To one who awaits
Only the cherry's blossoming
I would show
Spring in the mountain village,
Its young herbs amid snow.
by Fujiwara Ietaka (1158-1237)
Wabi (侘び), the aesthetics of simple austere beauty is most fully developed in the way of tea to which the Japanese tea house architecture is integral. The tea house and tea house-inspired residential architecture are referred to as sukiya (数寄屋) in Japanese. Sukiya is typically quite expensive to build because of the high level specialty construction skills required and the extensive use of natural materials. Ironically sukiya does not seem to be so wabi in terms of construction cost nor status.
In California there is this early 20th century modernism house that has struck me as sukiya, despite being devoid of the elaborate Japanese sukiya style details and natural materials. It is so simply composed of boldly adopted modern industrial materials and construction methods, namely concrete, redwood dimensional lumbers, canvas, and glass. As such the house's construction cost was very modest.
Needless to say, this house was not designed as sukiya. Then what makes it so strongly evoke sukiya and the wabi aesthetics?
Its stripped-down austerity was inspired by the architect's own camping experience in one of the California national parks. The redwood lumbers were left uncoated showing the natural color, then wire-brushed to enhance the grain. Surfaces of the tilt-up concrete wall panels show the somewhat uneven wrinkled texture of the kraft paper or burlap onto which the concrete was poured.
Moreover, this house is spatially integrated into the gardens and hence has the superb ability to highlight the subtle beauty of the surrounding nature. For instance, from the inside of the house one could sense the wind outside through the rustling sound of bamboo leaves in the garden.
This house is commonly known as Kings Road House designed by R.M. Schindler. What this California house seems to suggest is that expensive Japanese sukiya details and use of natural materials are not essential to the wabi aesthetics. And by adopting modern industrial materials, construction methods, and even reclaimed materials, it seems possible to make sukiya architecture more affordable and more loyal to the concept of wabi.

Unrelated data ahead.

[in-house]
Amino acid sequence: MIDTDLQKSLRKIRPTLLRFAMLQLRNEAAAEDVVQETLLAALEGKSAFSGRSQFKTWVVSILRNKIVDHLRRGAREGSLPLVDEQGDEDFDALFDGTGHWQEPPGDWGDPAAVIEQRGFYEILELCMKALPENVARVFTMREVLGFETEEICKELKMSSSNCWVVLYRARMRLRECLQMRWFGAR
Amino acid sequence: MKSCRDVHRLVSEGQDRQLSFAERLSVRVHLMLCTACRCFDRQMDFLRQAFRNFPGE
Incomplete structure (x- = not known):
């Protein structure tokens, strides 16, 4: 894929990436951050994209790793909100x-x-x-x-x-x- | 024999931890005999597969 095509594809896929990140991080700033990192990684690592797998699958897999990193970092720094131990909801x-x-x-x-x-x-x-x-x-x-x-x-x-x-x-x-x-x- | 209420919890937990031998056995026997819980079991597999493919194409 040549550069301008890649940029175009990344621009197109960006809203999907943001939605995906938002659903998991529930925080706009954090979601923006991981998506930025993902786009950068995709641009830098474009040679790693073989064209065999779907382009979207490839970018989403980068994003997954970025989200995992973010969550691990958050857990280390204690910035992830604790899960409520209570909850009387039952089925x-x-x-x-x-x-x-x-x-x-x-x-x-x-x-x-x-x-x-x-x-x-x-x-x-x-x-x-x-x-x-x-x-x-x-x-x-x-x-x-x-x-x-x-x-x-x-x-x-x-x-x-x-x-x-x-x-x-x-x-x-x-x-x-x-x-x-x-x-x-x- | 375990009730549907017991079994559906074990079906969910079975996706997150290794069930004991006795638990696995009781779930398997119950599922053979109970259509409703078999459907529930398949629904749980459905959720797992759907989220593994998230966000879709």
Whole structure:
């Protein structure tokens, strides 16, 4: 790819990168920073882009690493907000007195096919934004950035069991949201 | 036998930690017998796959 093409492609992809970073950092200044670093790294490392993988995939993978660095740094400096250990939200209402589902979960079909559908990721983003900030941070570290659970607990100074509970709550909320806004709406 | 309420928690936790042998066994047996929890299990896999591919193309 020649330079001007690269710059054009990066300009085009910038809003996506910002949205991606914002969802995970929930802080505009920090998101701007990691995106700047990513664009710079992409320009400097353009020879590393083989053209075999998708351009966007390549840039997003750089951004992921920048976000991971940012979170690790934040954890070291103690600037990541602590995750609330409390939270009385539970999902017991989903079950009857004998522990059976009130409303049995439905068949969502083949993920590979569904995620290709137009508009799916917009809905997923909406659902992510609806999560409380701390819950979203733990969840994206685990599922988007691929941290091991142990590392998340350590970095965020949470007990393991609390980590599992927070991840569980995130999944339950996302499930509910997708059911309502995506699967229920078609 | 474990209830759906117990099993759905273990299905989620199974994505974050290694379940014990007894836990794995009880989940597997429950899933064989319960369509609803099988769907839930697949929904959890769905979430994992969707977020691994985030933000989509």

In light of this, below are examples of modest materials used in Suki stairway building designed by YA in line with sukiya-like aesthetics.
Rammed-earth-like cement floor and a granite stepping stone in the porch. The floor's ingredients include earth. As such it quite resembles traditional rammed earth floor. Randomly sprinkled pea gravel enhances the garden-like aesthetic. The floor is durable enough to be used in vehicle parking pavement.
Several old paving granite stones reclaimed from the city's tram track over 40 years ago were installed in the porch. Each of them is about 600mm by 400mm and 100mm thick. Its hand-chiseled quality suits the rammed-earth like cement floor.
This unpainted, knot-free, all-heartwood cedar wall siding with flat grain patterns was installed on the facade wall.
This interior wall niche is decorated with a checkered woven cedar veneer sheet called ichimatsu-ajiro in Japanese. The frame is made of unpainted knot-free cedar lumber which adds subtle refreshing scent to the space.
The wirebrush-enhanced woodgrain paneling is one of the preserved interior items of the existing residential building. Called uzukuri in Japanese, it quietly stands out in natural light.
This interior material was one of the elements that defined the suki character of the existing building interiors, along with the woven reed sudare ceilings shown in below photos.Generally rental office spaces tend to lack personality.
By selectively preserving the existing uzukuri paneling & sudare ceilings, YA's design was able to incorporate a subtle yet distinctive suki character in the new boutique office building while meeting the budget requirement.
Sudare woven reed ceilings
Sudare woven reed ceilings and a smooth peeled log header called migaki-maruta in Japanese.